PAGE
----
Raymond James Financial said late Thursday that it had entered into a definitive agreement to buy the assets of Allied Irish Banks’ Canadian operations. The Canadian portfolio being acquired includes some $650 million in loan commitments, of which $500 million is outstanding.
The portfolio, which will be owned by Raymond James Bank, is “highly diverse and performing well with loans located across various sectors throughout Canada,” the company said in a press release. “Through this transaction, Raymond James Bank has established a newly created finance company in Canada which will allow it to expand its corporate and real estate banking activity.”
According to CEO Paul Reilly (left), “This acquisition reflects Raymond James’ ongoing growth strategy to expand our existing corporate lending practice to other key markets. We are building on our already significant presence in Canada and leveraging the growing equity-capital markets business of Raymond James Ltd., our existing Canadian subsidiary,” he said in a press release.
Raymond James Financial, which is based in St. Petersburg, Fla., has some 5,300 advisors and $280 billion in client assets under administration. Most advisors do business in the United States, though some 445 serve clients in Canada. In the quarter ended March 31, Raymond James managed 12 corporate public offerings in the United States and 16 in Canada.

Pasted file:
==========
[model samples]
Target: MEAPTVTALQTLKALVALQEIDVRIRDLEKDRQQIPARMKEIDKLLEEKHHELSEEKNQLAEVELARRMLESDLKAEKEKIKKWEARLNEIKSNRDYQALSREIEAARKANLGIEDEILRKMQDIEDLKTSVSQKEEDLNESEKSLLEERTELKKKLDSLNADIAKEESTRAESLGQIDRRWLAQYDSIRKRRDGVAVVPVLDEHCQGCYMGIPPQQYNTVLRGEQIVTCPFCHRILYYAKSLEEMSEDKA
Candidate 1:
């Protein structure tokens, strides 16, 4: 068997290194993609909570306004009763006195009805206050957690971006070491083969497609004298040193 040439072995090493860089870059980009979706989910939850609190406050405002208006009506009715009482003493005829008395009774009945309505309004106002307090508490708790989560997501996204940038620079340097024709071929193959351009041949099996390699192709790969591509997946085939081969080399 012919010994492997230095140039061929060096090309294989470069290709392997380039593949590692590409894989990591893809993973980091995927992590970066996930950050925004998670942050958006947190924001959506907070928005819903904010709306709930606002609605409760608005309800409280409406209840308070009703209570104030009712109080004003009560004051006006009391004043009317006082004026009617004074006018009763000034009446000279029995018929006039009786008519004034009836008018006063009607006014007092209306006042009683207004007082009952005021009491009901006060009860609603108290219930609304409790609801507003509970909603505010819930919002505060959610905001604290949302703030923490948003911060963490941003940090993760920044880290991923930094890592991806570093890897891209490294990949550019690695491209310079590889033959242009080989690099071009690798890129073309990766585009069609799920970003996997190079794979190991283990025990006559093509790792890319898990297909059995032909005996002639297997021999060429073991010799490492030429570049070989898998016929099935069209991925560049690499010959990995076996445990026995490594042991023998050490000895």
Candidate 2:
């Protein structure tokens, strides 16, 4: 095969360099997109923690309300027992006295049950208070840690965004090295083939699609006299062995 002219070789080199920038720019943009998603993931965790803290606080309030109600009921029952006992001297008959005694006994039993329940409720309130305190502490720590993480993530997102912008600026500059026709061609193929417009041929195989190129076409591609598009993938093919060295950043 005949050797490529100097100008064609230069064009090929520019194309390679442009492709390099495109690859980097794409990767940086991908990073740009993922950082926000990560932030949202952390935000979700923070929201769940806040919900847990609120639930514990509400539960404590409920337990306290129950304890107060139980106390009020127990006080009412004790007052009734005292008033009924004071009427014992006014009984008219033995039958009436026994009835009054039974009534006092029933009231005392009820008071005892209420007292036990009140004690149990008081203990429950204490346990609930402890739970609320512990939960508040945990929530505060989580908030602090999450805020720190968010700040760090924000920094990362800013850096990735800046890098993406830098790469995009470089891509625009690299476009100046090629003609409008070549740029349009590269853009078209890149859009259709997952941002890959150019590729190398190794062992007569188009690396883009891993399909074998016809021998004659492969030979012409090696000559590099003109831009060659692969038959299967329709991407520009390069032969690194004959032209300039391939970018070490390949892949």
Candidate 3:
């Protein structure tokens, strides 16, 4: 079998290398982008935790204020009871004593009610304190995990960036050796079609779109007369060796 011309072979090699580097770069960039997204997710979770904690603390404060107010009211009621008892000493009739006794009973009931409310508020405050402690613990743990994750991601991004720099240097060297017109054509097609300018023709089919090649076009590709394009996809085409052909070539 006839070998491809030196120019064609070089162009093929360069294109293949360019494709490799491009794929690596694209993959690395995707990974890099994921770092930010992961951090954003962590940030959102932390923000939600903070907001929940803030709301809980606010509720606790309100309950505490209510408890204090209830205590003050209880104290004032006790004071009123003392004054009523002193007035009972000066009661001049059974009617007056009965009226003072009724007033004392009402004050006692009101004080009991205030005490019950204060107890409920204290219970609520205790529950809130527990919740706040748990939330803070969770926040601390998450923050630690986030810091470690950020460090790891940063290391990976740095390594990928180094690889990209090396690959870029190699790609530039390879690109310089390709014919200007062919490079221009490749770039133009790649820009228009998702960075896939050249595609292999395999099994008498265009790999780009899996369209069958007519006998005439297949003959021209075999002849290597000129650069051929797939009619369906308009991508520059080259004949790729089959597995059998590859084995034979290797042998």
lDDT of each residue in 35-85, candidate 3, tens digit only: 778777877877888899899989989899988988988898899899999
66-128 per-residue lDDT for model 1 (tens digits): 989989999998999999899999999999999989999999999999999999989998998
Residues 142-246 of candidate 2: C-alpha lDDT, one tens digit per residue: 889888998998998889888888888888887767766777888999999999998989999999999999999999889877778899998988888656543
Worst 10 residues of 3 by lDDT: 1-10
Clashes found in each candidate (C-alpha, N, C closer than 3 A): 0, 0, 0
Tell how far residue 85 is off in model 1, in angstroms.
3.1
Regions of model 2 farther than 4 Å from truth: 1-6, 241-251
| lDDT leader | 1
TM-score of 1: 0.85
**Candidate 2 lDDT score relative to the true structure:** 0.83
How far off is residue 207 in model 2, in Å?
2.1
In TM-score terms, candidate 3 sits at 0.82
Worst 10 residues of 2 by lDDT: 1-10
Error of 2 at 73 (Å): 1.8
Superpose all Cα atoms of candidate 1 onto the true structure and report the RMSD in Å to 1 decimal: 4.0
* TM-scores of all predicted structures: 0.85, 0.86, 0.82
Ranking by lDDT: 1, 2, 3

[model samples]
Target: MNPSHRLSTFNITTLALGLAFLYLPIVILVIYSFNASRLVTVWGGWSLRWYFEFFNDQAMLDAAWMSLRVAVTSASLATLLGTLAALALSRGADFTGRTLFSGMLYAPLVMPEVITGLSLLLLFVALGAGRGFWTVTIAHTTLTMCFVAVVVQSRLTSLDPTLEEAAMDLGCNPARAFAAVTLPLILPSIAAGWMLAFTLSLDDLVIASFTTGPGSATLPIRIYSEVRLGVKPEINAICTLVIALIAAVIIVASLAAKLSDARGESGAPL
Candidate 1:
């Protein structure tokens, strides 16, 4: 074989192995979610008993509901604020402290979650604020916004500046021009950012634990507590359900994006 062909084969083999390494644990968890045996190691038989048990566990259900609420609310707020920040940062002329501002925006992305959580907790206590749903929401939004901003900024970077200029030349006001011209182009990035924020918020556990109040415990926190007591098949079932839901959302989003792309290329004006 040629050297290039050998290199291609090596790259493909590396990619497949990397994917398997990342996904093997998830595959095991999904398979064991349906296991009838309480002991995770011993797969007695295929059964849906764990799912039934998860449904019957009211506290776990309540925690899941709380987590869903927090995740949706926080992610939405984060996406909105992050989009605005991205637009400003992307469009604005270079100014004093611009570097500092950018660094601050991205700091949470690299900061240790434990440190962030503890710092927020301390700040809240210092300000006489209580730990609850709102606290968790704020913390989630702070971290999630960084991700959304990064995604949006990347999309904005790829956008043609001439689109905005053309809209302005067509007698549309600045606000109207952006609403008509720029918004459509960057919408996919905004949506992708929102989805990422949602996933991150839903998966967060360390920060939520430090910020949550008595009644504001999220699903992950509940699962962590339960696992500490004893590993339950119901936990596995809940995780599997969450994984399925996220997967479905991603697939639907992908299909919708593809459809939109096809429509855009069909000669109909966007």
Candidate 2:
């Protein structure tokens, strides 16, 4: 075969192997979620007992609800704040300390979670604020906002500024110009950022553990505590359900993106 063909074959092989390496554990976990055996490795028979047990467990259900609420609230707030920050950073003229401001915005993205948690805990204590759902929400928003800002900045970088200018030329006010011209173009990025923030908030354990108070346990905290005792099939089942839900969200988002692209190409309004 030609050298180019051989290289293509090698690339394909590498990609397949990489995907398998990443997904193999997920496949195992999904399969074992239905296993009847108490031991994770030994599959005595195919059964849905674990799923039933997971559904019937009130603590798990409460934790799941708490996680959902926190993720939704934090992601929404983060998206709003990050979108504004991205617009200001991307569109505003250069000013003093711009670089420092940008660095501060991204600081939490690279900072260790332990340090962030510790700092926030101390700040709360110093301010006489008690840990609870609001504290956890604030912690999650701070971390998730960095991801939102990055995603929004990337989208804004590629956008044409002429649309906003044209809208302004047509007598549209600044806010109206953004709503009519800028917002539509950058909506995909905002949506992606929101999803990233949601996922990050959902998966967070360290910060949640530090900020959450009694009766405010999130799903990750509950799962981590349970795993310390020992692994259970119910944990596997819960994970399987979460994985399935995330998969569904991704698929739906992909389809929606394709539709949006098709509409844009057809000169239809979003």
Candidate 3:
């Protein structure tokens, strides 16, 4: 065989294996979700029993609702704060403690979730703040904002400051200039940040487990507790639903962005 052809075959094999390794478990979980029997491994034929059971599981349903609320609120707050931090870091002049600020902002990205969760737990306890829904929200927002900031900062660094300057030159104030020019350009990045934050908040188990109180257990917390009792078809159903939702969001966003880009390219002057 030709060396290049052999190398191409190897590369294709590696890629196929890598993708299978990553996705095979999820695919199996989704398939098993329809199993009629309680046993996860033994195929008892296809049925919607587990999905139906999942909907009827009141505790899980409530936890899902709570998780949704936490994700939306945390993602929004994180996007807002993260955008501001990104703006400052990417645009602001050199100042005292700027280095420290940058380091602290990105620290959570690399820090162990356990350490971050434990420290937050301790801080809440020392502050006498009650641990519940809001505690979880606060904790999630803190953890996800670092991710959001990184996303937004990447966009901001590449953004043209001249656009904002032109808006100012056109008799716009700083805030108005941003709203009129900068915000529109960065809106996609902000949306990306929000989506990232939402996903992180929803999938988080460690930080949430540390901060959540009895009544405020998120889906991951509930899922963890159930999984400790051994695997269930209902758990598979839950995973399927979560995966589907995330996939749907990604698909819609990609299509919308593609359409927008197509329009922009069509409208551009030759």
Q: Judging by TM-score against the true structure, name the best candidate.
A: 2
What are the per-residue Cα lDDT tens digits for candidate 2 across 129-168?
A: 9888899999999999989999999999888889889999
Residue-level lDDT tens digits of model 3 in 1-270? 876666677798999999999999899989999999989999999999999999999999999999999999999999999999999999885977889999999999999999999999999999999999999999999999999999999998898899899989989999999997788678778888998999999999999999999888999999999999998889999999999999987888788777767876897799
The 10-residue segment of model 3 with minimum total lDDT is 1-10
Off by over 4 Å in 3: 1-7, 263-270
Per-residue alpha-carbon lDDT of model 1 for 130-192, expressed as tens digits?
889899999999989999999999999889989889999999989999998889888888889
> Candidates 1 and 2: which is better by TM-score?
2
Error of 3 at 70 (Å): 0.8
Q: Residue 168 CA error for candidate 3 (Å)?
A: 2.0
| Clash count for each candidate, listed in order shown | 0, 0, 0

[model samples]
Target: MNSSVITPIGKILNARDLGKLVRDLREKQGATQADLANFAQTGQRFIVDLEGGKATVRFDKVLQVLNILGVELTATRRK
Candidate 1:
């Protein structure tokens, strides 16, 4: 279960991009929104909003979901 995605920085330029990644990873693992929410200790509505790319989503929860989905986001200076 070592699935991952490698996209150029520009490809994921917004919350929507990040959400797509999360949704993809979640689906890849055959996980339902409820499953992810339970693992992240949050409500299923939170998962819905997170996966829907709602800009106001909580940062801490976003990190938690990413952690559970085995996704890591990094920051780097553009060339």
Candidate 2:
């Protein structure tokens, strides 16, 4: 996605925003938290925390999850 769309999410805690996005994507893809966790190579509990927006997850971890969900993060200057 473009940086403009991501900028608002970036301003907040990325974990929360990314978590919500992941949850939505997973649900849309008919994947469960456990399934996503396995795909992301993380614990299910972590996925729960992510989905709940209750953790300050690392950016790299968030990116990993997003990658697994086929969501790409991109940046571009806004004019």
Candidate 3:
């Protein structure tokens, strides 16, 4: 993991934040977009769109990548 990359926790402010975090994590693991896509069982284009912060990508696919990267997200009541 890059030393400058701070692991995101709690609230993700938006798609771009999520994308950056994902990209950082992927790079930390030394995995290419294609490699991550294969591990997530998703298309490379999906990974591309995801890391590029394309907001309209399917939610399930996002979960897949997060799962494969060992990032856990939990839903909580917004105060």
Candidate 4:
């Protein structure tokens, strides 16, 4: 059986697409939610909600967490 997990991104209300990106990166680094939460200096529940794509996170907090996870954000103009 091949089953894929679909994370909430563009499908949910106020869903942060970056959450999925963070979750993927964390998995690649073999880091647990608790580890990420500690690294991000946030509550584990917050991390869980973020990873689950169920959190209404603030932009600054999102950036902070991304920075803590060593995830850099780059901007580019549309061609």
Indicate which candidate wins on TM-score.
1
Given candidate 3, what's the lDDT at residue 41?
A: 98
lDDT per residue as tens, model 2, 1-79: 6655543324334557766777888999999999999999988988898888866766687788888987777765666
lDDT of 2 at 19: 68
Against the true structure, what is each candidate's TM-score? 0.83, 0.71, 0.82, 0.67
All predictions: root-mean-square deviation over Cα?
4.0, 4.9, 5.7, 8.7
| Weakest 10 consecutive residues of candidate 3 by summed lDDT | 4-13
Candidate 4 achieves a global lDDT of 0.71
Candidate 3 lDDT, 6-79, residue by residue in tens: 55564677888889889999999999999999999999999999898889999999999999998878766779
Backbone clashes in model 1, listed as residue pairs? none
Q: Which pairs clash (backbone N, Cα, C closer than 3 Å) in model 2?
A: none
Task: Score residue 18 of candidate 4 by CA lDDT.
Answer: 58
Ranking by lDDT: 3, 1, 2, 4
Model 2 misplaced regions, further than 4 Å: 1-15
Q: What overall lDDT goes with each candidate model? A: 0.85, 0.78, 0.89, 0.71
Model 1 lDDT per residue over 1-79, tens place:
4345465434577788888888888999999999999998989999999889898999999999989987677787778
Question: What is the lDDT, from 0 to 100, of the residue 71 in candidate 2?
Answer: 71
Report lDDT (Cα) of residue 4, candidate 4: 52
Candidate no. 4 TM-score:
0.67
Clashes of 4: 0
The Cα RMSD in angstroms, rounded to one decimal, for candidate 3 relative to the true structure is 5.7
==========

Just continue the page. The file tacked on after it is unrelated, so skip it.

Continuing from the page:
“This acquisition gives us a new dimension in the Canadian marketplace, and we look forward to working with our bank partners and clients in Canada,” said Thomas F. Macina, an executive vice president of Raymond James Bank, in a statement. “The acquisition will instantly increase Raymond James Bank’s corporate and real-estate portfolio by 10%, and it also reflects the bank's commitment to expand its business with equity-capital markets clients in Canada.”
The transaction, the terms of which will not be disclosed, is expected to close before the end of the September 2011 quarter and is subject to Canadian and U.S. regulatory approvals.
Earlier this week, Raymond James said it had reached a deal with regulators over sales of auction rate securities. As part of the deal, which concerns ARS sales made before mid-February 2008, Raymond James will buy back the ARS at par value, which is now about $280 million, and pay a fine of $1.75 million to state regulators. At the time of purchase, the ARS were valued at $2.1 billion.